United Technologies Corp. said Tuesday that sales fell about 1% in the March because of the strengthening dollar, as well as a decline in its Sikorsky aircraft segment.
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Earnings beat Wall Street expectations, though revenue fell short.
"It's hard to get ahead of a very strong dollar," Chief Executive Greg Hayes said in an interview Tuesday morning. The company is resigned to facing foreign exchange pressure--on both its sales and profits in regions like Europe--through the rest of the year, Mr. Hayes said, though he doesn't expect the exchange woes to dog United Technologies in 2016.
The problem is a particular drag on the company's Otis Elevator unit, where new-equipment orders fell 7.1%. In addition to the downward pressure on sales figures, Otis makes a large amount of its profits in Europe, and those have come down as a result of transferring euros into dollars.
United Technologies is emerging from an abrupt leadership change at the end of last year when longtime Chief Executive Louis Chenevert retired amid concerns from directors that he was too disengaged with the details of the conglomerate's operations. Mr. Hayes, who had been chief financial officer, then took over as CEO.
The executive shuffle comes as the company is facing a challenging few years in some of its core businesses. Pratt & Whitney is in the process of ramping up production of a new jet engine that will weigh on profit margins for several years. And its Otis elevator unit is struggling with a slowdown in real-estate development in China.
In the most recently ended quarter, Sikorsky helicopter sales fell 6.9% to $1.27 billion. United Technologies has been in talks about selling Sikorsky. Mr. Hayes said the company remains on track to complete a spinoff of its Sikorsky helicopter unit by the end of the year. The company will complete its ongoing review, which is intended to decide whether to proceed with the spinoff, by the end of June.
Sikorsky's long-term prospects are strong, Mr. Hayes said, but it is suffering from "a lot of weakness" in the market for commercial helicopters. There, 70% of the company's sales are tied to the fate of the oil and gas industry, which uses the helicopters to ferry workers to and from offshore oil rigs.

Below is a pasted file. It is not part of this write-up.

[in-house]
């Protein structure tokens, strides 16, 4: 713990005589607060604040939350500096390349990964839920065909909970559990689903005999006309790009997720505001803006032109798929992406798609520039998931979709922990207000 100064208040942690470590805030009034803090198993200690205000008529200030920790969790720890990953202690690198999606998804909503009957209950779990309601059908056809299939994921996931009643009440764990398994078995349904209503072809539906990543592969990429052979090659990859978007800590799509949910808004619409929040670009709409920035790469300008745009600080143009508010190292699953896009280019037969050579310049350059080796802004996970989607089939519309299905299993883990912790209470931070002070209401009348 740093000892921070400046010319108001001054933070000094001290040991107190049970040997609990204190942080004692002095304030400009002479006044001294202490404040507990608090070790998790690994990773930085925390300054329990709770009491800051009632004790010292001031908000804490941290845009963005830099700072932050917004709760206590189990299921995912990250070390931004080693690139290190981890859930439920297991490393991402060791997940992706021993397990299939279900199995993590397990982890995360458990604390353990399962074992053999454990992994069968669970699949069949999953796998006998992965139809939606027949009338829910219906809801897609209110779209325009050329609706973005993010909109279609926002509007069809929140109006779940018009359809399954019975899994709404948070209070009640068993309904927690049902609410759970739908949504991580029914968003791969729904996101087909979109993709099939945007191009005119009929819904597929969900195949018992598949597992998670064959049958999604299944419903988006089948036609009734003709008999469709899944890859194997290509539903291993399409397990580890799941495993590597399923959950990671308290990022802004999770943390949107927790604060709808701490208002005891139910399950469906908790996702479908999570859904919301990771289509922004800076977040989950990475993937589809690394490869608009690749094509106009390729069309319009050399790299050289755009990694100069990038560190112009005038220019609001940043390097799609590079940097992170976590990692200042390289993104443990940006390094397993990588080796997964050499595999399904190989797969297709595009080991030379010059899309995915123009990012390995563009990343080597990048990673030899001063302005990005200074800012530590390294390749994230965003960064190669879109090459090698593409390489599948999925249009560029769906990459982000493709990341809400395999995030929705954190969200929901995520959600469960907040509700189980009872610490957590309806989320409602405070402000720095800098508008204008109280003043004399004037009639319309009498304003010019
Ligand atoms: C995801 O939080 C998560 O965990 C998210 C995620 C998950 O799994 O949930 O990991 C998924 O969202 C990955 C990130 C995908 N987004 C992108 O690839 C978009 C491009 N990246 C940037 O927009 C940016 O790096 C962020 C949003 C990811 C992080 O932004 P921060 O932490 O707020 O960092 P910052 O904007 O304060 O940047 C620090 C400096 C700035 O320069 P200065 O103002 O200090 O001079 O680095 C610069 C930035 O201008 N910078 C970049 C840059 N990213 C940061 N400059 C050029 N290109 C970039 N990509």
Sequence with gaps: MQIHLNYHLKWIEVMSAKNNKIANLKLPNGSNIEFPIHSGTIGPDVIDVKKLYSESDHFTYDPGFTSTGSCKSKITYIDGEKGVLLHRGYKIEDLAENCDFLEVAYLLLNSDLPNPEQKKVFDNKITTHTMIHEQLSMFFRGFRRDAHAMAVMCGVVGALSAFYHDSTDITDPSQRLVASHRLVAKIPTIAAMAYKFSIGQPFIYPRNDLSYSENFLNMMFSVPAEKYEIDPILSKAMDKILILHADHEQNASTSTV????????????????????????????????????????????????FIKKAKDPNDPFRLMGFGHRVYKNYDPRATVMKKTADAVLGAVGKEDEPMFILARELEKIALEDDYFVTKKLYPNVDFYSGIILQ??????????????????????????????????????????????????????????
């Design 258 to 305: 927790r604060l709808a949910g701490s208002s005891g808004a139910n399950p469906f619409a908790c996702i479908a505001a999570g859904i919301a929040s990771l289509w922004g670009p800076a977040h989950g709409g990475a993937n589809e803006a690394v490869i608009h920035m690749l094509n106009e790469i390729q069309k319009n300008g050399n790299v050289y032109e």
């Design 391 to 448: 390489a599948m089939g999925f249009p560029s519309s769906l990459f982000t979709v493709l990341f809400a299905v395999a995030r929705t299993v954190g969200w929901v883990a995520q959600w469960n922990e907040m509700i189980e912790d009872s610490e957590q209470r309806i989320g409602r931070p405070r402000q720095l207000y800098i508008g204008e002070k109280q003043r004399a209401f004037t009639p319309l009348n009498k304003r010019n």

Akhil Johri, the company's chief financial officer, said Sikorsky's sales were affected not only by a decline in exploration and opening of new rigs, but also by the decline in production at existing facilities, which was driving down the demand for travel to and from rigs.
Sales at Pratt & Whitney grew less than 1% to $3.33 billion.
Equipment orders at its UTC Climate, Controls & Security business were about flat at $3.85 billion.
Overall, the company reported a profit of $1.43 billion, or $1.58 a share, from 1.21 billion, or $1.32 a share, a year earlier.
Sales fell 1% to $14.54 billion, due mostly to the strong dollar, though this was partially offset by organic growth.
Excluding restructuring costs and other items, earnings were $1.51 a share.
Analysts had predicted earnings of $1.45 a share and revenue of $14.88 billion.
Shares have been up about 1.3% this year through Monday's close.
Mr. Hayes said United Technologies is keeping its eye out for possible acquisition targets, but it has to avoid overpaying.
"We love the fixer-upper," Mr. Hayes said, but added, "I'd rather be patient as opposed to just going out there and buying just to grow."
The company recorded a $126 million one-time gain, reflecting its acquisition of a larger share of an ongoing HVAC joint venture in the Middle East, Mr. Johri said. That transaction was one of several relatively small acquisitions the company made during the first three months, totaling $250 million and putting United Technologies on track to hit its annual target of about $1 billion in M&A.
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